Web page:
Unlike Haunting of Hill House’s Crain clan, these people haven’t grown up together, so their personalities are entirely different; Siegel’s crisis manager Camille is as icy as her platinum hair, Rahul Kohli’s coked-up game developer Leo is bombastic and emotional, whereas Thomas’s oldest Usher heir Frederick is a ball of neurotic and pathetic energy, which makes all of their family interactions an unpredictable treat. If only there were more of them…

The kids are, of course, just pawns in Roderick’s tale. A Flanaverse newbie, Greenwood – who stepped in mid-shoot after a misconduct investigation led to the firing of Frank Langella – is nothing short of miraculous in the role, effortlessly straddling the line between ruthless pharma tycoon and repentant, acquiesced father as Roderick becomes increasingly rattled with every dropping offspring. He’s a joint lead, though: Flanagan has often centered Carla Gugino in his titles, be it the ill-fated Olivia in Hill House or the narrator in Bly Manor, and their latest collaboration doesn’t buck the trend – as her calm and confident Verna acts as Roderick’s foil. She’s beguiling here, adding intrigue and warmth to a mysterious character that could have easily been one-note.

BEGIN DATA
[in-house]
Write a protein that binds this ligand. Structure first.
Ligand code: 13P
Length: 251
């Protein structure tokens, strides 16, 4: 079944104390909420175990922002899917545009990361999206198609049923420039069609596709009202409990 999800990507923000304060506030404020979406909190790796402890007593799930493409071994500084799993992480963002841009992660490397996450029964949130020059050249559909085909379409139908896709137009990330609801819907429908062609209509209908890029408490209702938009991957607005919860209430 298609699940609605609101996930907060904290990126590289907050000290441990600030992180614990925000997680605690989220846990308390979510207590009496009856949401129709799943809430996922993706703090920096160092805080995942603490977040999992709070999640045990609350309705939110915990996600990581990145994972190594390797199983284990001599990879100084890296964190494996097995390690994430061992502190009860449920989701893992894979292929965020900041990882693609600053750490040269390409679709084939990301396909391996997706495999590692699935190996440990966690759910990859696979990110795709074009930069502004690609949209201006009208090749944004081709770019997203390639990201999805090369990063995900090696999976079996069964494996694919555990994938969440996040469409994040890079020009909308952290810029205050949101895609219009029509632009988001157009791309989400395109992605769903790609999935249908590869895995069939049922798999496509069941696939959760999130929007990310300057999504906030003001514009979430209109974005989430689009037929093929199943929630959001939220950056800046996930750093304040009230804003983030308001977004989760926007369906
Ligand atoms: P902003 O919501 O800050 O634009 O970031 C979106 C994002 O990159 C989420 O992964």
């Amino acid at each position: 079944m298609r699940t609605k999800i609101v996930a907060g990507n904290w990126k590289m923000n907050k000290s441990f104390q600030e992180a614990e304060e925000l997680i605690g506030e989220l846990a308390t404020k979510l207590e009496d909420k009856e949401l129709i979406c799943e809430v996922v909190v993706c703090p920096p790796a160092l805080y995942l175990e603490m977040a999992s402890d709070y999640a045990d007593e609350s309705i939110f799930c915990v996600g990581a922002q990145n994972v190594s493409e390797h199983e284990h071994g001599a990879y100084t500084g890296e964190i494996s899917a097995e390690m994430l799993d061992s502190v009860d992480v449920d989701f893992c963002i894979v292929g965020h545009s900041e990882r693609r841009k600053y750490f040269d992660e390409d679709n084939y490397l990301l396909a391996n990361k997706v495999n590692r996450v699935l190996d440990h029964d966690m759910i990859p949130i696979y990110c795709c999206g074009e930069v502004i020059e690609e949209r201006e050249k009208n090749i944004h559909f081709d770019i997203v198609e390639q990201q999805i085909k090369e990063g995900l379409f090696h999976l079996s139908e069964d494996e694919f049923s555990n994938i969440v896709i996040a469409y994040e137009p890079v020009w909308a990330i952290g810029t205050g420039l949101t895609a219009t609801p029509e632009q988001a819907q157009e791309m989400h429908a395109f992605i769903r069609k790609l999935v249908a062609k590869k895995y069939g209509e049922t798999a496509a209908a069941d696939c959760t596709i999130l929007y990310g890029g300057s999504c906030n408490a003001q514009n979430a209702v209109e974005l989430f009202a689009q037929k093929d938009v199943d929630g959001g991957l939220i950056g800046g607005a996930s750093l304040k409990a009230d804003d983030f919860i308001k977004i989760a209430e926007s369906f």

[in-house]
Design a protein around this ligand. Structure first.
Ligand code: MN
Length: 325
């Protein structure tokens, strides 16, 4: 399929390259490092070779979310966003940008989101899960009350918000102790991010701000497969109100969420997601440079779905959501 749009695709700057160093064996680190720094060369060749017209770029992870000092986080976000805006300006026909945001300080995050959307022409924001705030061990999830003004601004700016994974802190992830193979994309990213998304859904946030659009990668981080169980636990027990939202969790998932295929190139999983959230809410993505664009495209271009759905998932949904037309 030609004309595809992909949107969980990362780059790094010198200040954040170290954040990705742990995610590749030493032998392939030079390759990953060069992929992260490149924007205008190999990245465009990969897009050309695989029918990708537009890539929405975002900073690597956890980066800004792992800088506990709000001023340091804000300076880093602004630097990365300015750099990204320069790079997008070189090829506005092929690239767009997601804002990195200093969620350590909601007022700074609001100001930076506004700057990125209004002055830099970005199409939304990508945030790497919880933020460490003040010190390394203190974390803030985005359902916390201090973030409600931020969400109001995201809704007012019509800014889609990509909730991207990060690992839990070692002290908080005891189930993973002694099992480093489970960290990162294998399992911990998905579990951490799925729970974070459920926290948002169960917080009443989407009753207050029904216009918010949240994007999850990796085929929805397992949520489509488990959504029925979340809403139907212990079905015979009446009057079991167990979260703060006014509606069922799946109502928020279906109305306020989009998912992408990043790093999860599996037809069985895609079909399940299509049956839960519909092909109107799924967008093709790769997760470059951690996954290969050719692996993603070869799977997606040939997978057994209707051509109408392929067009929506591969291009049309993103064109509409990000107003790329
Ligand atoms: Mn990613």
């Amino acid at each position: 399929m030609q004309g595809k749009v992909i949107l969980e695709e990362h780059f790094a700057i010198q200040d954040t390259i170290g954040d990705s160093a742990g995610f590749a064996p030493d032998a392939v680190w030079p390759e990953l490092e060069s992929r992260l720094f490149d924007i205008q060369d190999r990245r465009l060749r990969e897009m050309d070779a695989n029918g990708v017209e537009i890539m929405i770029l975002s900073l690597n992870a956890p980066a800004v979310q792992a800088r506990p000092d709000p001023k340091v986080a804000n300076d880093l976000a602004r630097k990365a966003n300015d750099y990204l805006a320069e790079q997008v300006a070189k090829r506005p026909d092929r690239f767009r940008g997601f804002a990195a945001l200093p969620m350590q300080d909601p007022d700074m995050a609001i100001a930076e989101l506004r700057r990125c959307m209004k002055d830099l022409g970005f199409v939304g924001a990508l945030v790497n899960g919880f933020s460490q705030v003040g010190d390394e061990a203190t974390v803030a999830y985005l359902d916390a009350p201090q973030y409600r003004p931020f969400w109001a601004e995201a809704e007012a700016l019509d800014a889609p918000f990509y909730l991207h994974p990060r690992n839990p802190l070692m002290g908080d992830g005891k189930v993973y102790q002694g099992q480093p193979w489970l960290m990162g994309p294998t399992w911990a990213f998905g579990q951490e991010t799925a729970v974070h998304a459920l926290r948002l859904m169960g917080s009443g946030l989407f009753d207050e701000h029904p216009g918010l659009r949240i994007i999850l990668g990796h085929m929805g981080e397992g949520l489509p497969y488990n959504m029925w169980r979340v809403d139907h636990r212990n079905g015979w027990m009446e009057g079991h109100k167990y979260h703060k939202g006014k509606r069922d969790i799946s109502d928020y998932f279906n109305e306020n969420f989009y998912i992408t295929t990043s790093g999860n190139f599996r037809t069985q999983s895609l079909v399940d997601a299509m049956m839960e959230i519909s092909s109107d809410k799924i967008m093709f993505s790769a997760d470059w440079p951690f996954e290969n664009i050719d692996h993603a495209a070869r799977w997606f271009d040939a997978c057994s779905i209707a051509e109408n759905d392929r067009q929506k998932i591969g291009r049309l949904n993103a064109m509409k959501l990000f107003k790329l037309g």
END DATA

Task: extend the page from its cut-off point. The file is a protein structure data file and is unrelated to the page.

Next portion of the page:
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The Fall of the House of Usher

(Image credit: Netflix)

During Verna’s interactions with the Usher twins in the past, however, it’s Willa Fitzgerald’s Madeline that stands out – not Zach Gilford’s Roderick – as she offers up a more human, trueful version of Mary McDonnell’s monotone take on the merciless matriarch. Madeline and her brother had a tough beginning, which we won’t dive into here, and Fitzgerald’s hints at vulnerability suggest Madeline forged her cutthroat exterior deliberately to avoid being hurt again. McDonnell, on the flip side, feels a bit like a po-faced pantomime villain.

After plunging his fist into our chests and metaphorically ripping out our hearts with his previous works, though, some might find The Fall of the House of Usher lacking in substance. It’s a thrill ride, that’s for sure, but it’s not particularly moving or geared to make a lasting impression in the way Hill House or Midnight Mass were. It doesn’t open up deep conversations about evangelism and existential matters, or make you cling on to your loved ones a little tighter. Power and money can make people do bad things? Well, we know that, we’ve seen Succession.

But maybe that’s the point, right? To leave us slightly hungry, wanting? “‘Here’ you said, ‘Come with me, gorge yourselves.’ You didn’t feed them though, did you?” Roderick’s scorned first wife says of their youngsters in a gut-punch scene in the season finale. “You starved them. You started filling them up with… What did you fill them up with, Roderick? What did you have to fill them with?” On the surface, the Ushers appeared to have it all, but their lives were empty – and their joint need for more proved to be their collective undoing. Perhaps Flanagan’s intention is to have us feel that same sense of Usher insatiability for a short while? The theme is greed, after all.